Caren: We actually seriously considered it, but we felt that the culture in Silicon Valley was such that with people moving around so much, we thought we would have a more loyal employee base in Fairfax, Virginia. There are a lot of really smart people out here.
Andrew: That probably proved to be true, right?
Caren: It did. [Inaudible 00:14:43] in a Silicon Valley company and doubled the size of our business at the time. I think we were close to 400 people and we acquired a company of a similar size. So, we did have a fairly big footprint in Silicon Valley.
Andrew: Business to business, especially this kind of software is so intimidating until I hear it broken down the way that you explained it. But the sales process is stilt to me like a big wall. Was it easy for you to get through that wall? Was it easy for you to find your first customers?
Caren: The first customers were the early adopters. They were the ones who had really savvy technical people and business people who understood the value of technology. So, they wanted to be first to market. They wanted the competitive advantage. They had a culture of wanting to be the first.
I will say this though, we also had customers–you remember there was this whole internet bubble that occurred? Well, what happened is there were a lot of companies out in Silicon Valley who did get funding. They were companies like BabyGorilla.com that we talk about a lot. It’s still iconic company.
Andrew: I don’t know it.
Caren: Baby Gorilla–our sales reps were selling this software to whoever would buy it. A company called BabyGorilla.com bought or software. We said, “That’s not really a scalable company. That’s not our sweet spot. Our goal is the global 2000.”
So, we actually had to eventually turn away a lot of venture-backed startups because what we wanted was the Holy Grail of global 2000 because we wanted these global companies that had huge training networks. All of their networks would install our software. If the mother ship was running our software and they liked it, then they would bet eh hub with the spokes.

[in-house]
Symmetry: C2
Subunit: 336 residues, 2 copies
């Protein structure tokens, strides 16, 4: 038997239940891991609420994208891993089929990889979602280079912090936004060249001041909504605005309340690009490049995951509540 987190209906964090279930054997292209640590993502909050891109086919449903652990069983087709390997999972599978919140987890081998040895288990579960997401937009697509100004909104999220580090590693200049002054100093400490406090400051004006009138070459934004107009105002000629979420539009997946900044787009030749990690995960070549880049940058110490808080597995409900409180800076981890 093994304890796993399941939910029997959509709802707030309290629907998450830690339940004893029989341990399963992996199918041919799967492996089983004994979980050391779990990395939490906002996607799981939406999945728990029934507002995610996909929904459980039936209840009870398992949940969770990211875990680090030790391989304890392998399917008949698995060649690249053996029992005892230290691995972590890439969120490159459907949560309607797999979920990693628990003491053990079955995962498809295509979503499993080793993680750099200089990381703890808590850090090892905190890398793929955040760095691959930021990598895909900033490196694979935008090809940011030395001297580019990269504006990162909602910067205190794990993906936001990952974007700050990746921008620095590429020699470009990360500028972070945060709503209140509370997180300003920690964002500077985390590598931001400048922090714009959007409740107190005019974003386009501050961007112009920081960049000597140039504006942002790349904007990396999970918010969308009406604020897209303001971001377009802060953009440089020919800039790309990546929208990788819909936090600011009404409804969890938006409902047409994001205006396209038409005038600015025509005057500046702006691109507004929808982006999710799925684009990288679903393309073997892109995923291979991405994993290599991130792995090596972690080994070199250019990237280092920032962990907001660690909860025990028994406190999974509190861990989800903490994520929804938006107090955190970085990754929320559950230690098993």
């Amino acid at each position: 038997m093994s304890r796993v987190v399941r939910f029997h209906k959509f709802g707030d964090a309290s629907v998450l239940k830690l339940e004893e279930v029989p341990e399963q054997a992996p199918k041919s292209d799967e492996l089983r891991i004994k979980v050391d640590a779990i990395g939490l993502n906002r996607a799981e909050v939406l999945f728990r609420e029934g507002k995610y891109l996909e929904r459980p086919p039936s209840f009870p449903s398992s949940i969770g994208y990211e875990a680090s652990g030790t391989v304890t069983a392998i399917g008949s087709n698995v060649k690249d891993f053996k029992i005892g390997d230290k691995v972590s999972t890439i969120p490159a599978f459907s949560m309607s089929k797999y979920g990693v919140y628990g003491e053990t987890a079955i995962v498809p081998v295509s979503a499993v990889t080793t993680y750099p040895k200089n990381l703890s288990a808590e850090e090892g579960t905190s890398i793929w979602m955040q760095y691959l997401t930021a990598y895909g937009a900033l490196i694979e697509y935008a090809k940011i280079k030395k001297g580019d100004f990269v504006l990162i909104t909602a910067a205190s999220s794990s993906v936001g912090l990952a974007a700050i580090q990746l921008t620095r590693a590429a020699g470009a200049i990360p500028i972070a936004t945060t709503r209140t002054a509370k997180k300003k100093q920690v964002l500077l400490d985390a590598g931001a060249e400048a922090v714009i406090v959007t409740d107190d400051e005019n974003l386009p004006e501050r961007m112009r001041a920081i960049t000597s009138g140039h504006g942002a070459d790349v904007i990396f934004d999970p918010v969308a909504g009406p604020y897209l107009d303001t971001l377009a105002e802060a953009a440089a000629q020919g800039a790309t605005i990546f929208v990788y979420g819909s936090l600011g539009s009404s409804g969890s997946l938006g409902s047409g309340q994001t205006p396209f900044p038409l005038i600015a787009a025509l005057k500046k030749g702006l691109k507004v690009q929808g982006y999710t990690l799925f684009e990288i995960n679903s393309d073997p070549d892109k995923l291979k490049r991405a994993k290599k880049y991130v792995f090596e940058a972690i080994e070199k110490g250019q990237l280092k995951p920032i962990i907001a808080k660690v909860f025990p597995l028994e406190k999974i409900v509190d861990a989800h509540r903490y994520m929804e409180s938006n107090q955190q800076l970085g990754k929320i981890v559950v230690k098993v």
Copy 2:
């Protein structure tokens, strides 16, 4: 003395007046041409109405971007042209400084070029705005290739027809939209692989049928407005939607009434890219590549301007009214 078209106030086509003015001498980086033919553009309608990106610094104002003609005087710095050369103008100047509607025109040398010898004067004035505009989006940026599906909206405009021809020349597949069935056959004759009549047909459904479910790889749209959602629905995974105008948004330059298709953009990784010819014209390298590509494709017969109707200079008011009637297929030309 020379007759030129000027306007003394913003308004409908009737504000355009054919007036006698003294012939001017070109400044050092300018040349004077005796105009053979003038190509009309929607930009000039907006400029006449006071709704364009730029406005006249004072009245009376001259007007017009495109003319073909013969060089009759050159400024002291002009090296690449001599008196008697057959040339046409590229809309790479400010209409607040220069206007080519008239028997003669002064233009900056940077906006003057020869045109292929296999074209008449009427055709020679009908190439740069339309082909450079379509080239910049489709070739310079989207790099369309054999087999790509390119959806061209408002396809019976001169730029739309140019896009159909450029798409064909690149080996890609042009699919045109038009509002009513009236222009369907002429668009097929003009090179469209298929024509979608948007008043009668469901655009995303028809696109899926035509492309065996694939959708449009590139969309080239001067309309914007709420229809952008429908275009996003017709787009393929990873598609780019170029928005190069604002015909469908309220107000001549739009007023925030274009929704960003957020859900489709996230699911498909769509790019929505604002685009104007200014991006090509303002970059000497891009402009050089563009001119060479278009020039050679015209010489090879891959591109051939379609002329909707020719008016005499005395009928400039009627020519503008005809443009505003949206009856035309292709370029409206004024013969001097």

Andrew: Meaning the suppliers would then have to buy too.
Caren: Suppliers, partners. If they wanted to, it wasn’t necessary, but everybody wanted to integrate their systems eventually. Eventually there was this demand that was created. We changed our model to go with the hub and spoke. There are certain businesses where that model would be ideal, the hub and spoke model.
Andrew: Like what? What’s another business where that would be ideal?
Caren: That’s a good question. I’m from the enterprise software world and now doing consumer software. I think the essential message there is who are your partners and how are your partners going to open up their network to you. How can you make it so essential? For us, it was software within trading networks that already existed but the trading networks were made more efficient and were made stickier.
Andrew: Okay. I want to come back and talk about how you got these hubs that ended up bringing the spokes into your company as clients. But I realized I didn’t spend enough time on funding. How did you get funding? Did your first funding, if I understand it right, come from family? You went to your dada and you asked him for an investment? You did. And by that point in his life, he had enough money he could give you to help you start this business even though he wasn’t able to help you with college?
Caren: It wasn’t a ton of money. This was, of course, years later, but it was maybe $10,000 or something like that. So, we cobbled together a bunch of $10,000…
Andrew: Friends and family-type money?
Caren: That just got us launched.